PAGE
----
the sanctuary of the church of the Virgin at Apeiranthos, Naxos. After naming the donors, Demetrios Maurikas and his wife Maria, the text reads: 'and if a priest celebrates the liturgy in this church, may he commemorate us, in the year of the Lord 6789 (=1280/81)'.3 Many churches in small villages were built by groups of donors, often related by kinship, who provided small sums of money or gifts of land to sustain the church and to support its priest. A number of churches, often situated on the periphery of the village, were surrounded by graveyards and would have accommodated funerary and commemorative rites for families or larger communities. Other shrines, sited at the extremities of villages, may have protected the boundaries of habitation and the cultivated fields through the invocation of saints concerned with the protection of life and livestock.
In addition to these public settings for religious practice private chapels accommodated a more intimate form of worship. The wealthy often included oratories within their homes, as was the case in the imperial palace. Such structures are listed in wills and inventories of the medieval period, which provide information about the furnishings and decoration of private chapels. A property near Miletos, which was given to Andronikos Doukas in 1073, included, for example, 'a church built of mortared masonry, with a dome supported by eight columns ...a narthex . . . and with a marble floor'.4 In his will of 1059, Eustathios Boilas bequeathed a set of books and other precious objects to the church on his estate.5 We might assume that these small chapels housed icons of special significance to individual families. A letter of John Tzetzes provides some insight into the conditions within these structures in Constantinopolitan homes of the twelfth century. Decrying the large number of fraudulent monks wandering the streets of the Byzantine capital, Tzetzes complains that 'leading ladies, and not a few men, of the highest birth consider it a great thing to fit out their private chapels, not with icons of saintly men by the hand of some first-rate artist, but with the leg irons and fetters and chains of these accursed villains'.6 Such metal implements were standard penitential devices of legitimate holy men, and were often displayed near the tombs of monastic saints and illustrated in holy portraits. Tzetzes condemns those members of the laity who were deceived by false monks. It would seem that the unregulated veneration of false relics rather than the icons of saintly men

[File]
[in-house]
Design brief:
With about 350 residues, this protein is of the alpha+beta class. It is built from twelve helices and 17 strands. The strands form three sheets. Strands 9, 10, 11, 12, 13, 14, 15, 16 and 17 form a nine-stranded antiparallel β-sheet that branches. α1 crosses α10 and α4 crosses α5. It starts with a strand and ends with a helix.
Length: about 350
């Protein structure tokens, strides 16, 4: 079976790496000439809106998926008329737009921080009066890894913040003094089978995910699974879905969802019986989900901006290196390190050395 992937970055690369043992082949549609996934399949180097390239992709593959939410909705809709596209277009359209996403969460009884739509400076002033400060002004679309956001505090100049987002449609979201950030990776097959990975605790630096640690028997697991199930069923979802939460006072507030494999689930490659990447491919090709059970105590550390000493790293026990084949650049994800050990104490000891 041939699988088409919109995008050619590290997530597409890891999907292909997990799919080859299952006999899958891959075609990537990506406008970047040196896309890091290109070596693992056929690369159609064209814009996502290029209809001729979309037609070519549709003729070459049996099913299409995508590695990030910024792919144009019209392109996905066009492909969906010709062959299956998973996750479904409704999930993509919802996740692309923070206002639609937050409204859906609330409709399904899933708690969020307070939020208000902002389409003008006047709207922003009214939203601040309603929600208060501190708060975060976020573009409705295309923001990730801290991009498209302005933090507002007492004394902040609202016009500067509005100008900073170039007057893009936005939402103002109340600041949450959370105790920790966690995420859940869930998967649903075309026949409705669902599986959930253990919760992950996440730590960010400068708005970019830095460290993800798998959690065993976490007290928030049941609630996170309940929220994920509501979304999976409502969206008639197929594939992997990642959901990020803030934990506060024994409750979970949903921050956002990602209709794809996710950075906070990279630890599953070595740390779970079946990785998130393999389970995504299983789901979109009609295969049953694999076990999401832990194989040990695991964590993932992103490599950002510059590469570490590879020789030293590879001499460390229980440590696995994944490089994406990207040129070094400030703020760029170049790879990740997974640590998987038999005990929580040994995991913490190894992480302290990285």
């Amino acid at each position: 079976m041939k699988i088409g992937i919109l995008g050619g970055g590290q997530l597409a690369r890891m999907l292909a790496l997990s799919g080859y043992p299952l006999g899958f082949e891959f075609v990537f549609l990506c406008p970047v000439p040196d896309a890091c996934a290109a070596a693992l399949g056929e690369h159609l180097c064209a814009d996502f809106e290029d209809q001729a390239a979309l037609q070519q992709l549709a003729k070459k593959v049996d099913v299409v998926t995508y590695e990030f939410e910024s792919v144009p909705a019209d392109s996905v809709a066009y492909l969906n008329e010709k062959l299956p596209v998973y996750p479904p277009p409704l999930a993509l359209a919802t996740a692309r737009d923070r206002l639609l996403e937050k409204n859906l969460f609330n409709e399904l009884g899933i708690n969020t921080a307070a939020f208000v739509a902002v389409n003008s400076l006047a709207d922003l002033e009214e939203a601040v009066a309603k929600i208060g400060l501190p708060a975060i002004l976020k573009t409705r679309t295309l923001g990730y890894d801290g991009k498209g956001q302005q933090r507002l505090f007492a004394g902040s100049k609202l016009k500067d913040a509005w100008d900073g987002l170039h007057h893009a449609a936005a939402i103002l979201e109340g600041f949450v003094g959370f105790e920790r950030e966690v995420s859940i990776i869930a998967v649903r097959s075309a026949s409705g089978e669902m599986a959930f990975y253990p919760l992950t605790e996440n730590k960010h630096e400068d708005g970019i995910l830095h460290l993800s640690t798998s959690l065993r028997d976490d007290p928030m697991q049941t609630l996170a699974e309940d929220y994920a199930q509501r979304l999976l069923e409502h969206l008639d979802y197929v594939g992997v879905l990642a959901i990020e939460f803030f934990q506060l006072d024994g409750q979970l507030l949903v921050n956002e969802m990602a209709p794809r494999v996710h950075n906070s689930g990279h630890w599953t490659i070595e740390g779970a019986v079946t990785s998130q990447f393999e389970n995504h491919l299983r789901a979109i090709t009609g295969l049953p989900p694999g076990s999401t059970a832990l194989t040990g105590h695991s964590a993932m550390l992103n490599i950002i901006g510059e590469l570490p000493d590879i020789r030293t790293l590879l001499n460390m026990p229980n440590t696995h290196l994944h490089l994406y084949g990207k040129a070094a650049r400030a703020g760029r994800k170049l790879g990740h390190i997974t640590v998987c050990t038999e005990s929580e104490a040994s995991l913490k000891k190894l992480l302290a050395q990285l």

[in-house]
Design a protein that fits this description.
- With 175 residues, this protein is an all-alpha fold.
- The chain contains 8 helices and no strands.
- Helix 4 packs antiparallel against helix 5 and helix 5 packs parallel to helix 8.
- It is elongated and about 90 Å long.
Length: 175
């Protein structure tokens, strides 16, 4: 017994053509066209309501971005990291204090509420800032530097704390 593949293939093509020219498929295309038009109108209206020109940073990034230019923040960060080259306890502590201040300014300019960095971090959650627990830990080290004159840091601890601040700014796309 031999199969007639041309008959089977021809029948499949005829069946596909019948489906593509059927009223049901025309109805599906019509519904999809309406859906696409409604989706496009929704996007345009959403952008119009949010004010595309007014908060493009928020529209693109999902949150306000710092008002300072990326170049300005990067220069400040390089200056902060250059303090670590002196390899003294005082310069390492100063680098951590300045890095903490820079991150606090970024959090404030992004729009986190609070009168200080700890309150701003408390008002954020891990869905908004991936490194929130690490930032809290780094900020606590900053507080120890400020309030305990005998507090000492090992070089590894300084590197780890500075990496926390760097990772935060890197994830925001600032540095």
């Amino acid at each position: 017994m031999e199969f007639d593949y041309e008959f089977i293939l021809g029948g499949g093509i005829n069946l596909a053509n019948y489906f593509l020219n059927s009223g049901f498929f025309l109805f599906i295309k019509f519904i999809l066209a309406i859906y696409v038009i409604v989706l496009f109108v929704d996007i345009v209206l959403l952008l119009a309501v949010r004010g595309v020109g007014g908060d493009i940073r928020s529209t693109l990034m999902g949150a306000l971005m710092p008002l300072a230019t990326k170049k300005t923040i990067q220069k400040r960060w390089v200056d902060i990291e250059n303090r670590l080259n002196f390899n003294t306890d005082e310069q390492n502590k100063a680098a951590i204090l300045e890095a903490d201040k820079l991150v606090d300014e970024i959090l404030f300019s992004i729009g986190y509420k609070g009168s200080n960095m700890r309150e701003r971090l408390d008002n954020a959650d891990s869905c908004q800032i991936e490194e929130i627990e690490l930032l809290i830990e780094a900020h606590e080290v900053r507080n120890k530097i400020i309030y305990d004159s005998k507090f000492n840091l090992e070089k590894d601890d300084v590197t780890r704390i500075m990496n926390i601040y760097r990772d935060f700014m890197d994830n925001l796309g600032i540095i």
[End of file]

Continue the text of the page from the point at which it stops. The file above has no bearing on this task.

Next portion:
3 S. Kalopissi-Verti, Dedicatory inscriptions and donor portraits in thirteenth-century churches of Greece (Vienna: Verlag O AW, 1992), 109.
4 M. Nystazopoulou-Pelekidou, Bu^aVTivá 'éyypa<pa Tfs lovfs üáTiou (Athens: Ethnikon Idryma Ereunon, 1980), 11, 102-3.
5 P. Lemerle, Cinq etudes sur le XIe siecle byzantin (Paris: CNRS, 1977), 20-9.
6 Ioannis Tzetzae Epistulae, ed. P. A. M. Leone (Leipzig: B. G. Teubner, 1972), no. 104.
Was this article helpful?